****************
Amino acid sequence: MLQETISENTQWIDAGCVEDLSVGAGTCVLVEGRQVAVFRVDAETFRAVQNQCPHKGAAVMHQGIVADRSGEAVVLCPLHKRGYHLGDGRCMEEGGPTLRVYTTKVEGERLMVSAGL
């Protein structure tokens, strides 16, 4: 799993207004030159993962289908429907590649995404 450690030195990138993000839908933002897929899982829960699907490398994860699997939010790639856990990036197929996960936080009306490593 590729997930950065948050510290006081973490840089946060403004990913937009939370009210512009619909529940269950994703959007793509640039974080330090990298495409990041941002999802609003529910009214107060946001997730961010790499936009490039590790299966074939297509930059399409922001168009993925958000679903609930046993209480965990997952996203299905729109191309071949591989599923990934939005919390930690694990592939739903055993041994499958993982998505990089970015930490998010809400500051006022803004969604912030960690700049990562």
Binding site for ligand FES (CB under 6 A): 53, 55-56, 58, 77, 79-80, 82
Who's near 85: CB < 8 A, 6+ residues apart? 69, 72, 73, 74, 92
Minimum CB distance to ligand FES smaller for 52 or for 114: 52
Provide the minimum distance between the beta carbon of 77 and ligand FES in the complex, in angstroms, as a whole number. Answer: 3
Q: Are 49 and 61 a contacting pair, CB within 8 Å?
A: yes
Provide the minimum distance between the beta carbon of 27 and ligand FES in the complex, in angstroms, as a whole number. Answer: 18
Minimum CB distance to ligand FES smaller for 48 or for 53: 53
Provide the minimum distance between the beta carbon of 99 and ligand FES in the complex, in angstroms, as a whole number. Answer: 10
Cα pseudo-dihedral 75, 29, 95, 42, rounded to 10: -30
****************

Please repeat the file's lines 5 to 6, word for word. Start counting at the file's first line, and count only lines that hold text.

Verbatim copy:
Minimum CB distance to ligand FES smaller for 52 or for 114: 52
Provide the minimum distance between the beta carbon of 77 and ligand FES in the complex, in angstroms, as a whole number. Answer: 3